Classifying Sex: Debating DSM-5

4 July 2013 - 5 July 2013

CRASSH, Alison Richard Building, 7 West Road, Cambridge CB3 9DT

Registrations are now closed.


Robbie Duschinsky (Department of Social Work, Northumbria University)

Véronique Mottier (Department of Sociology / Jesus College & Labso, University of Lausanne)


Scientific Commitee

Daniel Weiss (Cambridge University)

Netta Chachamu (Cardiff University)

Zowie Davy (Lincoln University)

Sally Hines (Leeds University)

Gill Ince (Northumbria University)

Mehreen Mirza (University of Worcester)


Conference summary


This conference brings together social and political scientists, feminist scholars, sexologists, psychiatrists, historians of science, as well as mental health practitioners and sexual rights activists to critically explore the sexual classifications produced by the 5th edition of the Diagnostic and Statistical Manual of Mental Disorders (DSM), published in May 2013. The DSM is the standard reference for the classification of mental disorders, and its first major revision since 1994 is consequently an important global event. The conference will explore which categories of ‘normal’ and ‘abnormal’, ‘healthy’ and ‘pathological’ sexualities and identities the new manual produces, and critically scrutinise their consequences for diagnostic practices as well as their wider social and political implications. The conference will take place on 4 and 5 July 2013 at the interdisciplinary Centre for Research in the Arts, Social Sciences and Humanities (CRASSH) of the University of Cambridge. It is financially supported by CRASSH, the Wellcome Trust, the Sexual Divisions Study Group of the British Sociological Association, the French Institute, Northumbria University, the Laboratoire de Sociologie of the University of Lausanne, and The Gender Identity Research and Education Society (GIRES).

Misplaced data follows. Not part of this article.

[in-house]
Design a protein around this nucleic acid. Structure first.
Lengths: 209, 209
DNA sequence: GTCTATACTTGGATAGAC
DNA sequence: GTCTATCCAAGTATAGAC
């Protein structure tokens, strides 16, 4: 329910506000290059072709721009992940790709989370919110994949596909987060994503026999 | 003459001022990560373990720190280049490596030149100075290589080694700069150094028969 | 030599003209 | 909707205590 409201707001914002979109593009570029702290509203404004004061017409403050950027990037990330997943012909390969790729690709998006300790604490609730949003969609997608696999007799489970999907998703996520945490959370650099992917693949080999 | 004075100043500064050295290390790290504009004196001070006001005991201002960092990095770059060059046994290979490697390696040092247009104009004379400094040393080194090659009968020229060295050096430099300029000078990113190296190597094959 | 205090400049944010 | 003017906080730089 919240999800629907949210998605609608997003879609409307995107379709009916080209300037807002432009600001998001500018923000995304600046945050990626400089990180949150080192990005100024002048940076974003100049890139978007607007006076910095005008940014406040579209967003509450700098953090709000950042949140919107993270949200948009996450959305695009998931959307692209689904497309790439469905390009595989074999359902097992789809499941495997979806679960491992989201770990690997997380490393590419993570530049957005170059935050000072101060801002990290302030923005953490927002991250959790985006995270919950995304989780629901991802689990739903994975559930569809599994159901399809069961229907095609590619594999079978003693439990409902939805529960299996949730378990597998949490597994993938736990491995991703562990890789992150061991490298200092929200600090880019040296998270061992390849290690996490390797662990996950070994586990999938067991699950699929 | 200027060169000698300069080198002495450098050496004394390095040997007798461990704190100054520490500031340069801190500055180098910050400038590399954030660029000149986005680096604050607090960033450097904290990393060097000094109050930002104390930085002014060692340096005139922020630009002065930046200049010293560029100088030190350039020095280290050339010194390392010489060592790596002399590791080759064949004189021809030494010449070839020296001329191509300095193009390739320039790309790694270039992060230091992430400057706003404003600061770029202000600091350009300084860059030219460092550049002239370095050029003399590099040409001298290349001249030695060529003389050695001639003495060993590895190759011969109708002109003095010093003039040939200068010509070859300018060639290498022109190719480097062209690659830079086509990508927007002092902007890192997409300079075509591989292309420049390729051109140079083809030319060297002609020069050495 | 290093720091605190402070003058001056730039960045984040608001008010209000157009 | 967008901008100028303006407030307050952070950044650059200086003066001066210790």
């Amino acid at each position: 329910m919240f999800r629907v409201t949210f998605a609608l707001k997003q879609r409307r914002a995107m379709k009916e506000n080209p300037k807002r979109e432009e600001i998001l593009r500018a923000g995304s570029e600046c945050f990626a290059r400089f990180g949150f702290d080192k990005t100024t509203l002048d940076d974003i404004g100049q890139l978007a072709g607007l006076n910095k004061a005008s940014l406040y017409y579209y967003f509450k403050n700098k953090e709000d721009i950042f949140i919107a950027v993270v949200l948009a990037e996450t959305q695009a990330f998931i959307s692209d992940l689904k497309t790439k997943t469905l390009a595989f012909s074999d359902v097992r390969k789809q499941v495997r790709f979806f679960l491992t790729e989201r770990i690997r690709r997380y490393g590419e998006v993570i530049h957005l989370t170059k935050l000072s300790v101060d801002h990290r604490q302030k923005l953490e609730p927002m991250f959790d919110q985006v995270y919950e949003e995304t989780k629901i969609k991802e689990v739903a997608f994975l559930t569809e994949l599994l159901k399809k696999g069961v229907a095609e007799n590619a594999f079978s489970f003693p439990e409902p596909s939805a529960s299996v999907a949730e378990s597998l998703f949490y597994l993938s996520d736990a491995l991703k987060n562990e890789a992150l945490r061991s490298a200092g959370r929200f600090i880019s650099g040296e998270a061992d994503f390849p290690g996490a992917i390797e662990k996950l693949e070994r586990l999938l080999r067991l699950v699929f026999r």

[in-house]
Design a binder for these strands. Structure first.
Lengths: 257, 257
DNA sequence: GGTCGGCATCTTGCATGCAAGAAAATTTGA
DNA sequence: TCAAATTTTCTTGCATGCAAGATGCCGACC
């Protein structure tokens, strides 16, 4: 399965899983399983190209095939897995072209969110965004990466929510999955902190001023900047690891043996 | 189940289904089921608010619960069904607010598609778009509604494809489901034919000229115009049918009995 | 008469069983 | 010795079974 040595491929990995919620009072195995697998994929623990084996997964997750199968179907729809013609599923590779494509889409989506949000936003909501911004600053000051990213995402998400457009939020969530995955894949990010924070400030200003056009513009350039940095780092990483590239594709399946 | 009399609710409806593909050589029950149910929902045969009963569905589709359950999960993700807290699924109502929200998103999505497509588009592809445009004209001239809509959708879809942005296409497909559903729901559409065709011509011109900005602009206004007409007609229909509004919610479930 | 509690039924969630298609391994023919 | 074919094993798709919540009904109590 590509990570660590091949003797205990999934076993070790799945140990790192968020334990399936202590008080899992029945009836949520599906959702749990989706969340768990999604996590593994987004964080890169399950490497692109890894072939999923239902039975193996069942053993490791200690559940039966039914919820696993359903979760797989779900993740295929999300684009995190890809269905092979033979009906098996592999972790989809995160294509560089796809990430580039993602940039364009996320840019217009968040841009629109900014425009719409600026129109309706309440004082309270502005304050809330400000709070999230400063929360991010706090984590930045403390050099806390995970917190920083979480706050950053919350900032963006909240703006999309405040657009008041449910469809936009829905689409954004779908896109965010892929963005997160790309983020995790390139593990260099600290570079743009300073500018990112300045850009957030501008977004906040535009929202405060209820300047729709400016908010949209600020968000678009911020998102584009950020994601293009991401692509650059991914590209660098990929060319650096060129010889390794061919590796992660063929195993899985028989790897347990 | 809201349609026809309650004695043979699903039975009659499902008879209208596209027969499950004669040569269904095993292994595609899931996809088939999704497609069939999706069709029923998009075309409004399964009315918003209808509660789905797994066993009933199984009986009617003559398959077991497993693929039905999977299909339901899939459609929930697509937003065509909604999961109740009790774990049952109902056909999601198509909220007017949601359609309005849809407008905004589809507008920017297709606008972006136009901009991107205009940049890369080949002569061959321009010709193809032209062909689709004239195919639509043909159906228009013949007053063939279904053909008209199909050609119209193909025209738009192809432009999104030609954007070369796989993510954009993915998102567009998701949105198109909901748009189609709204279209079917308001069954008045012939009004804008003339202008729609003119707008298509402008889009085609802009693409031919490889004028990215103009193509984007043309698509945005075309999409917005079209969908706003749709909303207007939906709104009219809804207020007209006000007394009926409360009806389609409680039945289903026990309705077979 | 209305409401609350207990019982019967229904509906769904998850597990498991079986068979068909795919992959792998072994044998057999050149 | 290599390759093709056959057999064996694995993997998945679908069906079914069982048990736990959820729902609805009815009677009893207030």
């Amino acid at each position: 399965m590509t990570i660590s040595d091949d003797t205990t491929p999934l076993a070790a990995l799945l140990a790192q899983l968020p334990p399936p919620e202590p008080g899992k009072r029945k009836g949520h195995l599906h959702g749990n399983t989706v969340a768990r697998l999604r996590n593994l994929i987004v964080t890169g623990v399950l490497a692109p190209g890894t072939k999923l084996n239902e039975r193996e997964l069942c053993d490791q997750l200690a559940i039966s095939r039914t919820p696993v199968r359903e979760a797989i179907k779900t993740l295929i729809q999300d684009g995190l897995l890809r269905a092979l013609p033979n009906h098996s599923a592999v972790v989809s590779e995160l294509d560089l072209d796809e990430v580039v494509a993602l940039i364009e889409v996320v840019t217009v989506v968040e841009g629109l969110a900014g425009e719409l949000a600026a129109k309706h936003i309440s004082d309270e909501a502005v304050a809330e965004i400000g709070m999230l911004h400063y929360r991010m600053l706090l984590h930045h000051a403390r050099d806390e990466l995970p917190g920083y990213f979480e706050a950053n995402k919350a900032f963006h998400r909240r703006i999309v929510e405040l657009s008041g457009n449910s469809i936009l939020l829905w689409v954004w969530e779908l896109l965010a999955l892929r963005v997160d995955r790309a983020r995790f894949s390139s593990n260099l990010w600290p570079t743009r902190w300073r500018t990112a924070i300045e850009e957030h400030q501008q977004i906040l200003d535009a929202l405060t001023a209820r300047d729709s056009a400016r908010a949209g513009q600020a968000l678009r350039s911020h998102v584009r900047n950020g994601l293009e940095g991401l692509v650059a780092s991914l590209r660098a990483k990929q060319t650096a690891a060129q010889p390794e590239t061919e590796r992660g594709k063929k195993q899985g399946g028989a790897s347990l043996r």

Supported by the Centre for Research in the Arts, Humanities and Social Sciences (CRASSH) at the University of Cambridge, the British Sociological Association Sexual Divisions Study Group, The Gender Identity Research and Education Society (GIRES) and Northumbria University.




Accommodation: All conference speakers are staying at Jesus College, Cambridge (where a conference drinks reception will also take place). Jesus College has also made available a limited number of rooms for conference delegates at preferential rates. Delegates who need accommodation in Cambridge need to make their own bookings directly on-line:

to see availability, please enter the code: VM0307

Deadline for booking is 4pm on Wednesday 26 July


Administrative assistance:


Location : SG1&2, CRASSH, Alison Richard Building, Cambridge, CB3 9DT

Date : 4-5 July 2013

Thursday 4 july


9.30 - 10.00


10.00 - 12.00

Session 1

  • Monica Greco (Goldsmiths, University of London): What is the DSM?
  • Cynthia Graham (Southampton, Psychology): Changing conceptualisations of female desire in DSM-5
  • Katherine Angel (Warwick, Centre for the History of Medicine): ”Female Sexual Dysfunction” in the DSM: Managing Psychoanalytic and Feminist Pasts in Contemporary Debates about Psychiatry